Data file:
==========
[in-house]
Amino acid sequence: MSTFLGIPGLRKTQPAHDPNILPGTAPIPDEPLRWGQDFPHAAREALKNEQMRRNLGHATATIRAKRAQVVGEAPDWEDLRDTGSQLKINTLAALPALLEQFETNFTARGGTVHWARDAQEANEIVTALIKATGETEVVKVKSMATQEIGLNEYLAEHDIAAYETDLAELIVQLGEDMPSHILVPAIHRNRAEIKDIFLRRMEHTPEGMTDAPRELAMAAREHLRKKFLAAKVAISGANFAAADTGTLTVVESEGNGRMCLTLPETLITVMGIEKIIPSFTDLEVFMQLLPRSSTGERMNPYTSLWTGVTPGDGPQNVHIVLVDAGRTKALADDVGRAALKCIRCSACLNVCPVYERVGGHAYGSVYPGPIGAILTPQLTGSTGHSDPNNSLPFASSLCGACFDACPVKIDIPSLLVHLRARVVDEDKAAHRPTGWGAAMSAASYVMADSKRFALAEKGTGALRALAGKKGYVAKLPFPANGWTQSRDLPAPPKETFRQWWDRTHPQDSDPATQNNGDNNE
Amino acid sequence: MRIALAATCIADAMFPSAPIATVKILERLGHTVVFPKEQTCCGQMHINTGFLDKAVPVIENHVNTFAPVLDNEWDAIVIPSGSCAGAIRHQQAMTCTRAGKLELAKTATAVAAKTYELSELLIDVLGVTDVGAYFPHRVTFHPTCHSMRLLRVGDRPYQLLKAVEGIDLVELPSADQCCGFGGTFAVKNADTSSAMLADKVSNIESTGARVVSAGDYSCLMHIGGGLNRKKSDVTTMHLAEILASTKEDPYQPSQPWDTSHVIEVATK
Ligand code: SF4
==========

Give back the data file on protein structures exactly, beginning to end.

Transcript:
[in-house]
Amino acid sequence: MSTFLGIPGLRKTQPAHDPNILPGTAPIPDEPLRWGQDFPHAAREALKNEQMRRNLGHATATIRAKRAQVVGEAPDWEDLRDTGSQLKINTLAALPALLEQFETNFTARGGTVHWARDAQEANEIVTALIKATGETEVVKVKSMATQEIGLNEYLAEHDIAAYETDLAELIVQLGEDMPSHILVPAIHRNRAEIKDIFLRRMEHTPEGMTDAPRELAMAAREHLRKKFLAAKVAISGANFAAADTGTLTVVESEGNGRMCLTLPETLITVMGIEKIIPSFTDLEVFMQLLPRSSTGERMNPYTSLWTGVTPGDGPQNVHIVLVDAGRTKALADDVGRAALKCIRCSACLNVCPVYERVGGHAYGSVYPGPIGAILTPQLTGSTGHSDPNNSLPFASSLCGACFDACPVKIDIPSLLVHLRARVVDEDKAAHRPTGWGAAMSAASYVMADSKRFALAEKGTGALRALAGKKGYVAKLPFPANGWTQSRDLPAPPKETFRQWWDRTHPQDSDPATQNNGDNNE
Amino acid sequence: MRIALAATCIADAMFPSAPIATVKILERLGHTVVFPKEQTCCGQMHINTGFLDKAVPVIENHVNTFAPVLDNEWDAIVIPSGSCAGAIRHQQAMTCTRAGKLELAKTATAVAAKTYELSELLIDVLGVTDVGAYFPHRVTFHPTCHSMRLLRVGDRPYQLLKAVEGIDLVELPSADQCCGFGGTFAVKNADTSSAMLADKVSNIESTGARVVSAGDYSCLMHIGGGLNRKKSDVTTMHLAEILASTKEDPYQPSQPWDTSHVIEVATK
Ligand code: SF4